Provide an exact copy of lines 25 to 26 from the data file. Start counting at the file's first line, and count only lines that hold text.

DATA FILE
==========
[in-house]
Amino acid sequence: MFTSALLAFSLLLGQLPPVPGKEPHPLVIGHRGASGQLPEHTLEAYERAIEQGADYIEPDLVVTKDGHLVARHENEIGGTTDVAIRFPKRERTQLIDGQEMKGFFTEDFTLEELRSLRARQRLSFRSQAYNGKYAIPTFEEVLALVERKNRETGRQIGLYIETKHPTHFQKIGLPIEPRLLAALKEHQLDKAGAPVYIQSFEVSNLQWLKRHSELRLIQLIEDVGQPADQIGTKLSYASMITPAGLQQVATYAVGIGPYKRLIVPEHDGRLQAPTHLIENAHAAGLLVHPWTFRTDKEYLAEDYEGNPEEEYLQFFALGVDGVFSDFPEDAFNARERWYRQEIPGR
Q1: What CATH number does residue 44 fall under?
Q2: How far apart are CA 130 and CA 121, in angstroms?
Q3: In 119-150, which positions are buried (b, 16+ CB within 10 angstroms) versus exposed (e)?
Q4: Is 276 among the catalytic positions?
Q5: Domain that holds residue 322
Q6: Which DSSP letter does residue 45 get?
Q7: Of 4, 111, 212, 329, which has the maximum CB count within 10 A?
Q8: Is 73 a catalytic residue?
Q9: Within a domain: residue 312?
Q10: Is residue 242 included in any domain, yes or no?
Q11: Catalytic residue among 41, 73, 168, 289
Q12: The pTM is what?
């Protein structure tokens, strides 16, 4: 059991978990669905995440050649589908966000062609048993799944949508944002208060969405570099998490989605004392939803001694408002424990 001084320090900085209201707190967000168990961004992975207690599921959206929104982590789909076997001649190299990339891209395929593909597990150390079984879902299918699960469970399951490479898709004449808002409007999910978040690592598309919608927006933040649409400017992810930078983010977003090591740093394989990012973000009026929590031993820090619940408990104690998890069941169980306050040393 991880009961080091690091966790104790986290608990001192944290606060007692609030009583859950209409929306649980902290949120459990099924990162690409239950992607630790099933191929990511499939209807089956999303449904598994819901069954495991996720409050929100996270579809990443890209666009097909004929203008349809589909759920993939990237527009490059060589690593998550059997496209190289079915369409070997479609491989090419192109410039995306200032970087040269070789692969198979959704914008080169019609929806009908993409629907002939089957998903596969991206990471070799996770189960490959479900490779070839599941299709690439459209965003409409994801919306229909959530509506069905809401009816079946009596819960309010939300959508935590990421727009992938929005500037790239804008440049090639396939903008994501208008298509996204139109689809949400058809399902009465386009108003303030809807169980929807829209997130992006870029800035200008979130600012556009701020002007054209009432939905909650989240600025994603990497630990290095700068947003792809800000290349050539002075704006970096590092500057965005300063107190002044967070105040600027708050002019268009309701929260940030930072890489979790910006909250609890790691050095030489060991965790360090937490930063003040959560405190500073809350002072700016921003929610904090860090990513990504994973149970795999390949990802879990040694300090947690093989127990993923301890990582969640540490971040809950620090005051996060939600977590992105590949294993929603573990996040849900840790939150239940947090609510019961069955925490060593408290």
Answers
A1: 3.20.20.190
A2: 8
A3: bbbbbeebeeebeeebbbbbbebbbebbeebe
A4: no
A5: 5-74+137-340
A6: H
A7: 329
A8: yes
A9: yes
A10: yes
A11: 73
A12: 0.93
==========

A9: yes
A10: yes